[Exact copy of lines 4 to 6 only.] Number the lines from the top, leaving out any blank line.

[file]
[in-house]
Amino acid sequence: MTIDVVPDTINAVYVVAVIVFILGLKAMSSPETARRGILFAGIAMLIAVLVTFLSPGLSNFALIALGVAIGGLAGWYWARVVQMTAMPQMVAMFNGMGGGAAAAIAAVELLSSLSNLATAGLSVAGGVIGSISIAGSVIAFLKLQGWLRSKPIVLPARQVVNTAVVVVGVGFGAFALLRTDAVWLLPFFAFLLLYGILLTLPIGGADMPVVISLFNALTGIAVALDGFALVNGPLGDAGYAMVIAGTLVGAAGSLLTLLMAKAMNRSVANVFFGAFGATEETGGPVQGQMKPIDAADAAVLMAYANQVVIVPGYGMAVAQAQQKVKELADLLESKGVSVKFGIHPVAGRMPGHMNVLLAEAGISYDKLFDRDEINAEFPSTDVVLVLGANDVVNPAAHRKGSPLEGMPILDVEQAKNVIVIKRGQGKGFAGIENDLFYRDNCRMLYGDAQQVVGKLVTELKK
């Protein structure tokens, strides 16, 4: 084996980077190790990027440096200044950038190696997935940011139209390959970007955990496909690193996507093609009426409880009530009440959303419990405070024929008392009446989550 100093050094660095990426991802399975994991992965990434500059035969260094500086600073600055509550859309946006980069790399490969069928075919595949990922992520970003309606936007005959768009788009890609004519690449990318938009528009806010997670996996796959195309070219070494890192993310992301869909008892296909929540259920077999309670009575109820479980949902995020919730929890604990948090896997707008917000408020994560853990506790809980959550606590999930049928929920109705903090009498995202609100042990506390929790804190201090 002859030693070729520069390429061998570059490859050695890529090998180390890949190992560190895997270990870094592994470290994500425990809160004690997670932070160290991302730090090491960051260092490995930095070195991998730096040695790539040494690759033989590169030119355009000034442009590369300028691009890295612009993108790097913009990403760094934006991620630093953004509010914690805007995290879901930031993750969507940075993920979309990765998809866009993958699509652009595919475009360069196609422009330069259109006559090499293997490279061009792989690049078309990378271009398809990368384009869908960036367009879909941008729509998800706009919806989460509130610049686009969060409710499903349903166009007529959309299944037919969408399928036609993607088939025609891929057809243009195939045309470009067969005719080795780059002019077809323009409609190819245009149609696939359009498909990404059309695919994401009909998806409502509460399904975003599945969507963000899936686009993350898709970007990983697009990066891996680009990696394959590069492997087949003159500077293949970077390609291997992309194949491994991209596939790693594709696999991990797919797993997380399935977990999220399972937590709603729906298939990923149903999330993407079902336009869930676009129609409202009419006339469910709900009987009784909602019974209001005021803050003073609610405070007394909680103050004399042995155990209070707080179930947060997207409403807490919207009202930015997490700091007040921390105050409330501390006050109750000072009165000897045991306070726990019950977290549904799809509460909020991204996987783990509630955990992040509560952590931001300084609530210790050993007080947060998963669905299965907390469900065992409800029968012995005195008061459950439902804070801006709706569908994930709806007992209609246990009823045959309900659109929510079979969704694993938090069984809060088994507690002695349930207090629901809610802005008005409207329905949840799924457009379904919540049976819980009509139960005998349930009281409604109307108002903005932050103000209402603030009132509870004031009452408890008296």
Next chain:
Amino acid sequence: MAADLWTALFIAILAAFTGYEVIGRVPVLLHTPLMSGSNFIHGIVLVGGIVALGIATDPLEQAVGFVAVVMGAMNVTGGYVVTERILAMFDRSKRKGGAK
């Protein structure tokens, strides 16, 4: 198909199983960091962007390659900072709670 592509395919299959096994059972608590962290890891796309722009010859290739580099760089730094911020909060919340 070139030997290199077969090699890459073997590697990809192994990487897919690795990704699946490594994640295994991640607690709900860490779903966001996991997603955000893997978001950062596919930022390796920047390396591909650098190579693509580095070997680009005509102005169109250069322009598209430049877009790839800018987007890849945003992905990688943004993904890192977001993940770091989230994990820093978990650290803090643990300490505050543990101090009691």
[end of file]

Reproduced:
Next chain:
Amino acid sequence: MAADLWTALFIAILAAFTGYEVIGRVPVLLHTPLMSGSNFIHGIVLVGGIVALGIATDPLEQAVGFVAVVMGAMNVTGGYVVTERILAMFDRSKRKGGAK
């Protein structure tokens, strides 16, 4: 198909199983960091962007390659900072709670 592509395919299959096994059972608590962290890891796309722009010859290739580099760089730094911020909060919340 070139030997290199077969090699890459073997590697990809192994990487897919690795990704699946490594994640295994991640607690709900860490779903966001996991997603955000893997978001950062596919930022390796920047390396591909650098190579693509580095070997680009005509102005169109250069322009598209430049877009790839800018987007890849945003992905990688943004993904890192977001993940770091989230994990820093978990650290803090643990300490505050543990101090009691």